After 5 years of war and displacement
Bistamle residents return to their ruined homes

After 5 years of war and displacement <br> Bistamle residents return to their ruined homes
Salahaddin- A resident of Bistamle returns to his home after 5 years of displacement, April 2019  Photo: KirkukNow

KirkukNow- Salahaddin

 

Zakariya was holding some dirty plates in his hands, as he said, “These are the only things left behind. Behold the damage inflicted on our house.”

This man has just returned to his home in Bistamle village after five years of displacement.

The village which is located in Duz Khurmatu district, a disputed territory claimed by both the Iraqi federal government and the Kurdistan regional government, Salahaddin province was overran by the Islamic State (IS) group in 2014. The entire small population of the village fled their homes.

 Zakariya Mousa, son of the village head was shocked after he saw the immense destruction left behind. Their house was heavily damaged and inconvenient for living.

“This is what has remained from the efforts and the money we spent to build this house; it is all gone and turned into ashes”, he said.

Befor the arrival of IS in June 2014, approximately 90% of Bistamle village residents were Sunni Turkmens while the rest were Shiite Turkmens.

Zakariya estimates the size of the damage inflicted on the village  to be 70%. “All what is left are burned down houses and markets”, he added.

Bistamle villagers have been in displacement for nearly 5 years. Despite that the area has been recaptured; security forces are hindering the return of displaced families to their homes in 54 villages in Salahaddin, including Bistamle. Returnees are compelled to go through tough scrutiny measures to prove they were not affiliated with IS.

KirkukNow documented the moments Bistamle families returned to their village.

A child returns to their house in Bistamle for the first time in 5 years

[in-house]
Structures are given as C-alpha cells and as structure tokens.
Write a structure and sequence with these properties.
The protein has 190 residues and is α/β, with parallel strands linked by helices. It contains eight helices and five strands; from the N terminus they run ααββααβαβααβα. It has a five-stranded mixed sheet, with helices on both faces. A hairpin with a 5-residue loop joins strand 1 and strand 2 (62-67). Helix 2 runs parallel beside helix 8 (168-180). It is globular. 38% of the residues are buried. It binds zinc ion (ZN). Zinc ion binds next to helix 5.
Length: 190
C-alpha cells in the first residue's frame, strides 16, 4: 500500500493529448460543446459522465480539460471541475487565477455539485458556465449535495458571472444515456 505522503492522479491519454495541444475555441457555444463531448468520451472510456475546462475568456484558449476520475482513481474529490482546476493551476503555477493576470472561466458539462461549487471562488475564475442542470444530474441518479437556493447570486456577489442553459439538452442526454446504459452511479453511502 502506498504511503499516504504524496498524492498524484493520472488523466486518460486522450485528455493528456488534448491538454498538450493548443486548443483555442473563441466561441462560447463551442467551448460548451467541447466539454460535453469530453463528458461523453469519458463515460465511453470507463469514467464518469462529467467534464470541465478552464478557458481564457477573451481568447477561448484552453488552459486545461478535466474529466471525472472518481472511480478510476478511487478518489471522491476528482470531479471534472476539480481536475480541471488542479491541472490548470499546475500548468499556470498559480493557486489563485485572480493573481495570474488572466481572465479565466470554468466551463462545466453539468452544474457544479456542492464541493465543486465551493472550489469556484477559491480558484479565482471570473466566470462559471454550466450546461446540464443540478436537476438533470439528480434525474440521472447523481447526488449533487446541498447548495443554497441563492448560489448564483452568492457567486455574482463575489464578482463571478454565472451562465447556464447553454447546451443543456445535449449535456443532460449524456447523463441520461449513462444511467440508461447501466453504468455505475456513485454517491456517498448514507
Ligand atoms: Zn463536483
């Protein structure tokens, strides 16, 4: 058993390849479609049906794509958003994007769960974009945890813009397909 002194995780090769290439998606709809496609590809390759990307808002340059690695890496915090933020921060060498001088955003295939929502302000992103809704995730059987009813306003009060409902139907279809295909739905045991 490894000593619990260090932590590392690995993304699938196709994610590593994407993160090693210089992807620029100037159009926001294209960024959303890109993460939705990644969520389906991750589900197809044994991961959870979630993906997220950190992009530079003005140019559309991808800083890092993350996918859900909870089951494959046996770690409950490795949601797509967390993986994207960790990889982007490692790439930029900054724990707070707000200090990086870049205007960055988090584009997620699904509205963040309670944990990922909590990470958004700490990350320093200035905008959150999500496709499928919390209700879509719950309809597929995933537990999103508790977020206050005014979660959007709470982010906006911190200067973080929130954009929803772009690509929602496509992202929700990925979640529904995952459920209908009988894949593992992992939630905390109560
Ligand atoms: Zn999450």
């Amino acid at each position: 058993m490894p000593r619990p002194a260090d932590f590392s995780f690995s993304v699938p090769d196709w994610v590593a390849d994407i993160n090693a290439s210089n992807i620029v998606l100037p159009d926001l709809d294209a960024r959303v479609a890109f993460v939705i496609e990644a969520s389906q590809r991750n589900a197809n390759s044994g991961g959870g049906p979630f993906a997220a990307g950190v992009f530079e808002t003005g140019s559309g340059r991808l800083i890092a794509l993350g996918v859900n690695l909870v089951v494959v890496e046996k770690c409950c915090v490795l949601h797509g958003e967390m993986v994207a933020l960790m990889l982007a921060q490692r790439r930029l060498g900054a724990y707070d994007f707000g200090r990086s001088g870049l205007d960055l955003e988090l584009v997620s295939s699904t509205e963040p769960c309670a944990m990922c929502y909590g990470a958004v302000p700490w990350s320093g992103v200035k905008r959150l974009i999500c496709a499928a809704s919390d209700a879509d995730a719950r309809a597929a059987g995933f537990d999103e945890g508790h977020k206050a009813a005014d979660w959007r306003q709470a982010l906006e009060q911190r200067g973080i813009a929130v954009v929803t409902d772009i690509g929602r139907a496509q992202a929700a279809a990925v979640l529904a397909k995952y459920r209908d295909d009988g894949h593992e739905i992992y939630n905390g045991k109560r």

An 11-year-old boy standing near the ruins of their house which he left years ago. The expressions on his face were not the same as it was when security forces allowed his family to return to the village.

The impact of the legacy of war could be sensed on his face as he watched all his dreams and expectations fading away.

A man in his 40s was sitting amid the rubble of their house holding a book in his hands. His tears ran down his face as he was kissing the book.

Returnees had to deal with another war legacy represented by the booby traps that could be left behind by IS in their houses.

The war against IS between 2014 and 2017 wreaked havoc and destruction in large swathes of land, particularly in the disputed territories.

“After 5 years we returned to our homes. We didn’t expect what we saw. The area is not suitable for life; therefore the government should immediately start the rehabilitation of houses, schools and everything”, said a resident of Bistamle.

Salahaddin- The plates were the only things remained for this returnee, April 2019  Photo: KirkukNow

Despite the end of IS in Iraq, an estimated 1.5 million Iraqis IDPs are still unable to return home due to the lack of essential services in their home areas.

Mutashar Abbas, member of the Salahaddin provincial council, speaking to KirkukNow, said, “The council has voted for the implementation of a range of service projects in Bistamle, including water and electricity projects as well as the rehabilitation of two schools.”

He believes more displaced families will return in the few coming months.

The return process of IDPs is a bit complicated. Those willing to return should be interrogated by the national security department to investigate whether they had ties with IS group.

 

 

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